Quatama / Northwest 205th Avenue (MAX station)

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Quatama/Northwest 205th Avenue
MAX light rail station
MAX Quatama station.jpg
View from the north
Station statistics
Address 350 NW 205th Avenue
Hillsboro, OR 97006
Coordinates 45°31′23″N 122°53′19″W / 45.523127°N 122.888732°W / 45.523127; -122.888732Coordinates: 45°31′23″N 122°53′19″W / 45.523127°N 122.888732°W / 45.523127; -122.888732
Line(s) MAX Light Rail
Platforms 1 island platform
Tracks 2
Parking 310-space Park & Ride
Bicycle facilities Lockers and racks
Other information
Opened September 12, 1998
Accessible Handicapped/disabled access
Owned by TriMet
Services
Preceding station   TriMet logo simplified.svg MAX Light Rail   Following station
Blue Line

The Quatama/Northwest 205th Avenue station is a light rail station on the MAX Blue Line in Hillsboro, Oregon, United States. The station is the 13th stop westbound on the Westside MAX from Downtown Portland and includes a park-and-ride lot. Quatama Station is named after the area which includes Quatama Road to the south of the station. Opened in 1998, the stop is near high-tech industries and the Amberglen business park that includes Oregon Health & Science University's West Campus in Hillsboro that includes the Oregon National Primate Research Center.

History[edit]

During the planning stages of the light rail line, Hillsboro rezoned much of the area around the station to increase building densities.[1] Initial planning for a light rail line on Portland's west side began in 1979, with groundbreaking on the Westside MAX project coming in 1993.[1] On September 12, 1998, the Quatama station opened along with the Westside MAX line.[2] The area around the station was named Quatama after the former station on the Oregon Electric Railway.[3] That train stop was near the current one and was on property owned by the Oregon Nursery Company and settled in part by Hungarians.[3]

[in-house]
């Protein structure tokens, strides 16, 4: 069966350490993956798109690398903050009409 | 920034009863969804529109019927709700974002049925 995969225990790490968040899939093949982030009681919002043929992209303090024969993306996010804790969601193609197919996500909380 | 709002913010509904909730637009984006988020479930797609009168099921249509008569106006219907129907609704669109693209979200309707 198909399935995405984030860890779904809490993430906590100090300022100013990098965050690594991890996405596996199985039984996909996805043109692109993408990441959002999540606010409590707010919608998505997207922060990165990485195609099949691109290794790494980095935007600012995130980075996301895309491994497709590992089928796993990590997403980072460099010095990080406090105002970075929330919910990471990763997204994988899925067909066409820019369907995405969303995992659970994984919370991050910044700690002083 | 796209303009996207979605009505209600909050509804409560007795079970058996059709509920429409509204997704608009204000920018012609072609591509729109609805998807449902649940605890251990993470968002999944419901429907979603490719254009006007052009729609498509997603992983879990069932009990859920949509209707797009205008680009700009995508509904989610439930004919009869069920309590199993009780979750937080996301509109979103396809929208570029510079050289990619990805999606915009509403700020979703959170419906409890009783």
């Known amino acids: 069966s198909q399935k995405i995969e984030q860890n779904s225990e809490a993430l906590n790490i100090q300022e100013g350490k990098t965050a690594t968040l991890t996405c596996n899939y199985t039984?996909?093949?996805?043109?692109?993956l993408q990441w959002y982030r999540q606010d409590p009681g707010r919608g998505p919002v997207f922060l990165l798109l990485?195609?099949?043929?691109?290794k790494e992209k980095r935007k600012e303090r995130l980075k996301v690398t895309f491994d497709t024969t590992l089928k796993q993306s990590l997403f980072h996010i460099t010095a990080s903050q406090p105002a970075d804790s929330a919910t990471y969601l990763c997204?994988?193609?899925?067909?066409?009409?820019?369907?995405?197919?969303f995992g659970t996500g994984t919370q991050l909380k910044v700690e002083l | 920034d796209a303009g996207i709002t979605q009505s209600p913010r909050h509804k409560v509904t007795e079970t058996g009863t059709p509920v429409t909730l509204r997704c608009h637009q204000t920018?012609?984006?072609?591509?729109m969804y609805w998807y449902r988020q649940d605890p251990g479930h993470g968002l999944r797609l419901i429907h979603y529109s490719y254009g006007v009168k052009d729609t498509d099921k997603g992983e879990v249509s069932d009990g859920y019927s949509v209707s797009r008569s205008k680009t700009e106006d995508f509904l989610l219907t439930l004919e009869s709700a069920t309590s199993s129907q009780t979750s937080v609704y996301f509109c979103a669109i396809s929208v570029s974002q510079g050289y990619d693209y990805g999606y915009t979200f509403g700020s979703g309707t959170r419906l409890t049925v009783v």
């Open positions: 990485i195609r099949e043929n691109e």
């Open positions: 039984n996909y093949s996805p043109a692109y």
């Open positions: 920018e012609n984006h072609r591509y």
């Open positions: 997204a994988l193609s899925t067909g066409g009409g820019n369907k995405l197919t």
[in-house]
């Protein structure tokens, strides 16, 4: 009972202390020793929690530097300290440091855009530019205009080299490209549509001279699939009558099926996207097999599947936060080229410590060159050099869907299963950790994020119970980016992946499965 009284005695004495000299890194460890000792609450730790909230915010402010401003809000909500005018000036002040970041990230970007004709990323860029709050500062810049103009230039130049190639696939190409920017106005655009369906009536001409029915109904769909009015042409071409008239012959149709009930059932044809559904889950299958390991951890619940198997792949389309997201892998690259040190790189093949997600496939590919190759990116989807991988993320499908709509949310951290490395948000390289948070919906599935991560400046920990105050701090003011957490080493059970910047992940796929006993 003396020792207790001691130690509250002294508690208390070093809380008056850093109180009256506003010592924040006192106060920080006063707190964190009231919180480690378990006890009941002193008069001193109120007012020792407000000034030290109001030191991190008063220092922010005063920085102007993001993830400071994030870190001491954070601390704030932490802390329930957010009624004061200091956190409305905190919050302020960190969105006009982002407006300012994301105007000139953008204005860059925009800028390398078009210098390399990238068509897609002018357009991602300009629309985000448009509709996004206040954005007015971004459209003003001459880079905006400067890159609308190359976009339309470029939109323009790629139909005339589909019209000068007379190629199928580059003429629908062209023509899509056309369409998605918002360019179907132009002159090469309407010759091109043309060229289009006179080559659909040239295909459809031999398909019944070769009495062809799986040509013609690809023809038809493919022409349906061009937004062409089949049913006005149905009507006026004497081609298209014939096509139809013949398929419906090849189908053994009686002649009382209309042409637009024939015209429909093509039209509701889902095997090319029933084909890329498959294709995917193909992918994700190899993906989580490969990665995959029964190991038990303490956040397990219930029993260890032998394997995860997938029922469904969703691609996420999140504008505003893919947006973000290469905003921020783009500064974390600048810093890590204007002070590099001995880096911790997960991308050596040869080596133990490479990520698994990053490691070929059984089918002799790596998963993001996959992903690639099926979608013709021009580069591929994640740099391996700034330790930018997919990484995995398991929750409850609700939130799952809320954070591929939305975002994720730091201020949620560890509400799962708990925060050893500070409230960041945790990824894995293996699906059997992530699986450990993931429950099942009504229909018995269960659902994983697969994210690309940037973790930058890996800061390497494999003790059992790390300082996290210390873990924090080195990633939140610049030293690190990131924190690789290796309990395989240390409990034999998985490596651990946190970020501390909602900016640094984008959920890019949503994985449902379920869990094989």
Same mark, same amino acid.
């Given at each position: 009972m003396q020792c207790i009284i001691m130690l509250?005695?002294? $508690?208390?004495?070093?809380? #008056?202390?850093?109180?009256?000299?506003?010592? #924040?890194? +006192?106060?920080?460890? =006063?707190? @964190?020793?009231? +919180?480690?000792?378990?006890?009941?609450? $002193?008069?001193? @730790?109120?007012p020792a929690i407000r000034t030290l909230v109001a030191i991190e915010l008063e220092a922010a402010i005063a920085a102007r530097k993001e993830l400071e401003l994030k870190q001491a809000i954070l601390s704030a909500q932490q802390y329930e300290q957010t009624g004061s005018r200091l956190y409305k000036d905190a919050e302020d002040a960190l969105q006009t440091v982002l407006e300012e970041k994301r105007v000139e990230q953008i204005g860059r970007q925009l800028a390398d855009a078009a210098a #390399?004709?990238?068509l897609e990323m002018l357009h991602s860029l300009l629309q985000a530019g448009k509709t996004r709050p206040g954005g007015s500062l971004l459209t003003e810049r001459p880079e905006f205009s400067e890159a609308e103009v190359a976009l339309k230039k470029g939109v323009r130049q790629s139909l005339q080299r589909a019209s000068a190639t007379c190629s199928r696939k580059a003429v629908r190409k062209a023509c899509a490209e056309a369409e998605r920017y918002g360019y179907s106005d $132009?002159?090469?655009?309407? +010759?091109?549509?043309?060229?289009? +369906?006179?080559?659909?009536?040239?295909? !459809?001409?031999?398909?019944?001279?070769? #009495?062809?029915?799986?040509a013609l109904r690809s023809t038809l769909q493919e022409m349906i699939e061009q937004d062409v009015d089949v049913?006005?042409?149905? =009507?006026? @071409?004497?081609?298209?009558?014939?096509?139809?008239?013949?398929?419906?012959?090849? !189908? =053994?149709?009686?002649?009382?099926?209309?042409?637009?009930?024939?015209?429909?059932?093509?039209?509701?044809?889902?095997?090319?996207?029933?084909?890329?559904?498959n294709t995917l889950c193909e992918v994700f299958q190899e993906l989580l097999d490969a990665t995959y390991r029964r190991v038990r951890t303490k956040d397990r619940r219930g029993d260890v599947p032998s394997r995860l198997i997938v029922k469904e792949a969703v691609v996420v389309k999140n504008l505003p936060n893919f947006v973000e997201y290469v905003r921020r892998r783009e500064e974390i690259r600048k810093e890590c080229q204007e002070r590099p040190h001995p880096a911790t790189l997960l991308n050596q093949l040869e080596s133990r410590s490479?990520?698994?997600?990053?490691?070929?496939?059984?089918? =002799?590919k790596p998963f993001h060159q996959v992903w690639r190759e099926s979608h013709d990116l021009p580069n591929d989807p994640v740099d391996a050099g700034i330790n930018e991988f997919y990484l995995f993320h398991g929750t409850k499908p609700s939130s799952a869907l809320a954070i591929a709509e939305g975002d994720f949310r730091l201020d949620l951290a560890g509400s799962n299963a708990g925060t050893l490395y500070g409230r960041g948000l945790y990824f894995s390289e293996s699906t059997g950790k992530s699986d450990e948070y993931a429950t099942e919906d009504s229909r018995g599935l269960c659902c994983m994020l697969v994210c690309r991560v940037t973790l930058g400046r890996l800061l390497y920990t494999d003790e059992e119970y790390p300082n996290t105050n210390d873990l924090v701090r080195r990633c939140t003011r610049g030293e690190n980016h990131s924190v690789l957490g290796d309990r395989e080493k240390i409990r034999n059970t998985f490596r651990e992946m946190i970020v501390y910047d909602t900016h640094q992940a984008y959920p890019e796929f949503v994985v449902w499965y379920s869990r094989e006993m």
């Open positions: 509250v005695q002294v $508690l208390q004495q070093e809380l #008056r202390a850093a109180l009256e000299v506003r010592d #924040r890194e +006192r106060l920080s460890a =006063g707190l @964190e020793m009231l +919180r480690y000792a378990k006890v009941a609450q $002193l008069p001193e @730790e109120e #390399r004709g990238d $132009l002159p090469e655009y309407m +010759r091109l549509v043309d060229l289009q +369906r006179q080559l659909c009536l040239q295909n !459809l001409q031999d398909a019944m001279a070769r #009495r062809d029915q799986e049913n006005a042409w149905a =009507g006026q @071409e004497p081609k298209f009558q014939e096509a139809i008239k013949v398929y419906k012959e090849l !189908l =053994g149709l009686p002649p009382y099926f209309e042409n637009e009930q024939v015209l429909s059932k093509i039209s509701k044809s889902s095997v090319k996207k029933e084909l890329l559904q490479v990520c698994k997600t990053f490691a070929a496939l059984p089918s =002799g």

In 1998, and again in 2004, the weather vane at the station was vandalized.[4] Within several months of opening, the park-and-ride lot was at 92% capacity and by July 1999, the lot was filled to capacity during the peak travel times on the MAX line.[5][6] A fight injured a 17-year old at the station in October 2000.[7] Hillsboro planned to improve street connections to the station as part of the planned redevelopment in the south Tanasbourne area announced in 2006.[8]

The station’s platform was vandalized in a graffiti spree in June 2007 along with several surrounding developments.[9] In October of that year a 12-year old was attacked with a hammer at the station.[10] In 2008, TriMet secured a grant from the Transportation Security Administration to allow the transit agency to add security cameras to the station.[11]

Details[edit]

Designed by the architectural group OTAK Inc., the station features a single island platform between the two tracks.[12] Located on northwest Quatama Road at northwest 205th Avenue in Hillsboro, the station is served by the MAX Blue Line.[13] The station includes a park-and-ride lot, bike lockers, bike racks, has a variety of public artwork, and is compliant with the Americans with Disabilities Act.[13] It was situated in fare zone 3 until TriMet discontinued all use of fare zones, in September 2012. The station sits on 3.35 acres (13,600 m2) on the south side of the rail line.[14] Construction of townhomes and condominiums in the area was a result of the station.[15]